Three Stamps

When you walk any leg of the Camino de Santiago, you must carry a pilgrim’s credential. The credential serves two purposes. First, it shows accommodation providers that you’re a legitimate pilgrim. This is especially significant in municipal and private hostels built (and priced) for walkers and bikers alone. Second, the credential proves that you have completed at least 100 kilometers when you reach the cathedral in Santiago de Compostela. Officials check your dated stamps before offering a certificate of completion.

In my opinion, the credential is also a fabulous ritual that leads to a perfect souvenir. Getting your stamp at the end of a hard day feels good. It’s an opportunity to reflect on your progress, and to share stories with the people you encounter. Natalie and I experienced this ritual in its fullest today.

The owner of our albergue in Alvaiázere takes immense pride in stamping credentials. After touring us around town and telling us the story of how he opened a hostel, he got to work. First, he applied a foil seal to our passports. Then, he glued in a small patch next to it. Finally, he made a wax seal with ribbon representing the town’s colors attached to it. Another traveler commented in Spanish that he was an artist and we wholeheartedly agreed. Check out photos of his handiwork, as well as simpler stamps for comparison.

We keep opening our credentials to look at his three, thoughtful stamps. Yes, part of his motivation is developing a competitive advantage other other hostels in the area. But the time he took to sit with us, sip port, and melt wax onto our passports had a lot more to do with building community than competition. What a sweet experience for all.

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Smiling, Sweating, and Sobbing

On Day 2 of our caminho, somewhere between Vila Nova da Rainha and Azambuja, Natalie and I both sobbed for the first time on this journey. We were splayed out in the blazing sun on a dirt track next to a bog of eternal stench. We had been walking for about 8 hours as the temperature climbed to 90 degrees. As Natalie took off one shoe to tape up a blister, she started to cry. Then, she pointed out some chafing on my inner thigh. I started bawling. Defeated but unwilling to fully roast in the sun, we lifted each other up and carried on. I may or may not have said “I hate Portugal” multiple times. Only Natalie knows what happened.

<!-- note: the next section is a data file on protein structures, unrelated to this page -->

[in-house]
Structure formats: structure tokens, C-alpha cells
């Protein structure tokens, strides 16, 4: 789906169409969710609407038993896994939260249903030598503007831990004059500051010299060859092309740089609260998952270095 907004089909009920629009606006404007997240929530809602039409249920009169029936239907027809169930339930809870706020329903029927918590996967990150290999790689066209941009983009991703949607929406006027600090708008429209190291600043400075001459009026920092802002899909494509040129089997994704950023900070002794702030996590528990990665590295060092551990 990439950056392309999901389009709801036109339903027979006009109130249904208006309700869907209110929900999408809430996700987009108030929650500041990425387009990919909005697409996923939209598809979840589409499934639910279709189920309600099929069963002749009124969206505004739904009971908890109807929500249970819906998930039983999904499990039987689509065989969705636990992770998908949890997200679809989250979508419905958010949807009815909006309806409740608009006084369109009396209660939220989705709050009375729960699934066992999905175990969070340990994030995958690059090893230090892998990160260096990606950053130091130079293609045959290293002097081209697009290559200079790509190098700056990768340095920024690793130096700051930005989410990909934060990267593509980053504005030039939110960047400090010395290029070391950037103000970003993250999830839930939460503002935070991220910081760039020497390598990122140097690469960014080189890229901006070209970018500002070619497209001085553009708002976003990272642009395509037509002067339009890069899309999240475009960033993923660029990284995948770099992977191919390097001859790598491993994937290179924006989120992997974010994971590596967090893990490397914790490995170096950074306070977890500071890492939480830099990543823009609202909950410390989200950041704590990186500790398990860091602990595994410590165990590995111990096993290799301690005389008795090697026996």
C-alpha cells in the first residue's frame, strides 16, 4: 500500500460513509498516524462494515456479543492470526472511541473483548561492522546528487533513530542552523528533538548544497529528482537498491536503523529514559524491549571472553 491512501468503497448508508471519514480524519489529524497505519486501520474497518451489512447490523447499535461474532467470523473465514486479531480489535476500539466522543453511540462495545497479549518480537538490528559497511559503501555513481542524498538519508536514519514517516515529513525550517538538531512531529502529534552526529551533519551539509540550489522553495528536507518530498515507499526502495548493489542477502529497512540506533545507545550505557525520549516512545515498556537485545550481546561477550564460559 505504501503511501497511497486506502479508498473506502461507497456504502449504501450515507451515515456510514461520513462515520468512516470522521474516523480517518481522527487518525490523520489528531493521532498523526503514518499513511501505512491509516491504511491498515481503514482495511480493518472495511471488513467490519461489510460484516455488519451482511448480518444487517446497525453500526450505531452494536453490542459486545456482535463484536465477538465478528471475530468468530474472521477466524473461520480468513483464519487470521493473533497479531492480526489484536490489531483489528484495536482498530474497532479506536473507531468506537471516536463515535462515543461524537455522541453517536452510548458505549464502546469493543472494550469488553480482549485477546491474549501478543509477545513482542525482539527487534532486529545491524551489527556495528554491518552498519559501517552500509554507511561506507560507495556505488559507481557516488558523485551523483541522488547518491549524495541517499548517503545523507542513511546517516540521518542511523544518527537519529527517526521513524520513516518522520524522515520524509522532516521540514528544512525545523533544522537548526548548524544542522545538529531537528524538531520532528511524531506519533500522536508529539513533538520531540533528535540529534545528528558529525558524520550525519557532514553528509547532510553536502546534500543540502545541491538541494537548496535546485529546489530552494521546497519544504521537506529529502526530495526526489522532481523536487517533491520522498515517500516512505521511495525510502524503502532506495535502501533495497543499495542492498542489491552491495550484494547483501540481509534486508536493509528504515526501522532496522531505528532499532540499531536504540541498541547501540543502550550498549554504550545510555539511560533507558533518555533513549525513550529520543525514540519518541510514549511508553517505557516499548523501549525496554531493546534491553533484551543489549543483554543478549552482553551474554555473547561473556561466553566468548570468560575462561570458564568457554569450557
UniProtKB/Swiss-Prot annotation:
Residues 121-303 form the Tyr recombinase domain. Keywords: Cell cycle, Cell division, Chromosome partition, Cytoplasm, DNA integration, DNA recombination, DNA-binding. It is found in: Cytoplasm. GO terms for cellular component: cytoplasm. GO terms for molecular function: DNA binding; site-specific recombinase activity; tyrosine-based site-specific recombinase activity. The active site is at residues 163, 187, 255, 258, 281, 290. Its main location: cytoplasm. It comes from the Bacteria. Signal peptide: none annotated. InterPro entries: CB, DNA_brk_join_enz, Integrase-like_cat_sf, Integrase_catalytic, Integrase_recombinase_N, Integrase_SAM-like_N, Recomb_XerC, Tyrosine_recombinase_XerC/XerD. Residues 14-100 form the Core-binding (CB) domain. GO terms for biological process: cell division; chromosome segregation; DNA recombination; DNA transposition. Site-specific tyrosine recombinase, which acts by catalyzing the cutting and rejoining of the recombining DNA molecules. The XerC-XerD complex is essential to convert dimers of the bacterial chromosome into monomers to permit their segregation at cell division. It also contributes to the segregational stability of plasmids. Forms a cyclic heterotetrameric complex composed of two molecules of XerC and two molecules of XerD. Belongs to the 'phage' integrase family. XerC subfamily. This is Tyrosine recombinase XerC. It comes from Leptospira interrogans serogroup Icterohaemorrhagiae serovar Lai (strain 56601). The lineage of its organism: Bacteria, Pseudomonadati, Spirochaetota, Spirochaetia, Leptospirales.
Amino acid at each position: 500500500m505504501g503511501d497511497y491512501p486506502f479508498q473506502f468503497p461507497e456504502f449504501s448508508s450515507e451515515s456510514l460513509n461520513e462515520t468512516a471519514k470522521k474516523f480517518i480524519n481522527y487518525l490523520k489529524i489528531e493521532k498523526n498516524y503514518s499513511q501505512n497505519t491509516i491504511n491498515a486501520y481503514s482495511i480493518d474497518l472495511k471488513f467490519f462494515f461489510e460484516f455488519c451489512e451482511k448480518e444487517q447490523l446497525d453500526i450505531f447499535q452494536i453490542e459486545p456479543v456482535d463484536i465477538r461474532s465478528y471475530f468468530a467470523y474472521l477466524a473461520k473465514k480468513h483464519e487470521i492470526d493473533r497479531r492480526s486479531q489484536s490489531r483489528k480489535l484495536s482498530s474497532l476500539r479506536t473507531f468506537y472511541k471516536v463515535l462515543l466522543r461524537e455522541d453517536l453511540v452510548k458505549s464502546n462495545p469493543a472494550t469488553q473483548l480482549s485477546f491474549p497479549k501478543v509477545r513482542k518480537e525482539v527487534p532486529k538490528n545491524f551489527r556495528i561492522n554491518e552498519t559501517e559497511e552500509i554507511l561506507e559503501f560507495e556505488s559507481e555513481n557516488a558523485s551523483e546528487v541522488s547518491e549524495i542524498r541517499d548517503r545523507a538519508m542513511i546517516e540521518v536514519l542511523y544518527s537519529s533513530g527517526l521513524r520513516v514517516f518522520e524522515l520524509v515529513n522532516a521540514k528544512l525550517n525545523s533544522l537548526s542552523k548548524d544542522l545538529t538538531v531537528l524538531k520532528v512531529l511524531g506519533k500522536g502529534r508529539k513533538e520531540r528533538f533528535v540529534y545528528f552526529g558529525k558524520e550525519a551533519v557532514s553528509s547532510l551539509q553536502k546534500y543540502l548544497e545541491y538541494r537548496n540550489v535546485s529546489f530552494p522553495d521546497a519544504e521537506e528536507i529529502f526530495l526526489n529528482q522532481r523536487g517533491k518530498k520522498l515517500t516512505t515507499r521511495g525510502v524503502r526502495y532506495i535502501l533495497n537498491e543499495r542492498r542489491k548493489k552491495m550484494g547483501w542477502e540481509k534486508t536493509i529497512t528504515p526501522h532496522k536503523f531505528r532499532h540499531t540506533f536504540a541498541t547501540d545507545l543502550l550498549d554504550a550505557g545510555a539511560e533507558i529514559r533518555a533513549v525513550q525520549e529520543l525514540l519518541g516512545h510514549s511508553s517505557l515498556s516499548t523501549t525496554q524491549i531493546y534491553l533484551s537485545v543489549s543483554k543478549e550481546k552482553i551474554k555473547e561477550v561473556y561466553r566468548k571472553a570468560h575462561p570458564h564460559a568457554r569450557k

As we emerged from what could mildly be described as an overgrown thicket into a truck stop motel, we smiled. We did it together. If we looked past our sunburned calves and disgustingly sweaty faces and multiple curses laid on the innocent people of Portugal, we saw what we had really done: supported each other enough to alternate sobbing and caretaking on the side of the rode. We had truly made the most of our time together – this is a vacation, after all, and it’s also the beginning of a wonderful chapter in our lives.

Thank you all for your support. We are enjoying a glorious rest day at Casa da Alcacova in Santarem and soaking up the many lessons the caminho has to offer.

Bom Caminho!

We walked 20 miles today. Woah. After flying to Lisbon and spending the day exploring (and napping, let’s be real), we hit the road bright and early. Check out our highlights and photos below:

Lisbon highlights:

  • Exploring the monastery.
  • Eating lunch on the waterfront.
  • Running into my SOM classmate, Avi, while take a selfie with a gelato statue
  • Visiting the cathedrals that represent the starting point of our walk and receiving our first stamp in our pilgrim’s credentials.
  • Embracing the comfort of a spacious bathtub and a delightful episode of RuPaul’s Drag Race.

Stage 1 Highlights – Lisboa to Verdelha de Baixo (32.2 km)

  • Walking out of Lisbon before everyone was awake. We found the the remains of yesterday’s World Cup parties all along the twisting streets.
  • Gorgeous coastline walking through the ’98 Expo Area.
  • Getting our first “Bom caminho!” wishes from a local walker.
  • Midday beers. Twice.
  • Ending the last few miles in peace, despite serious calf and booty aches. 20 miles is really far and we did it!

Thanks for reading!

Adventure is out there!

Hello, olá, hola!

It’s hard to believe that we’re leaving to walk the Portuguese route of the Camino de Santiago in three days! Natalie and I have been dreaming about this adventure for a long time. We’ll start walking from Lisbon on Saturday, June 16th, and we will reach Santiago de Compostela on July 9th. 24 days of walking!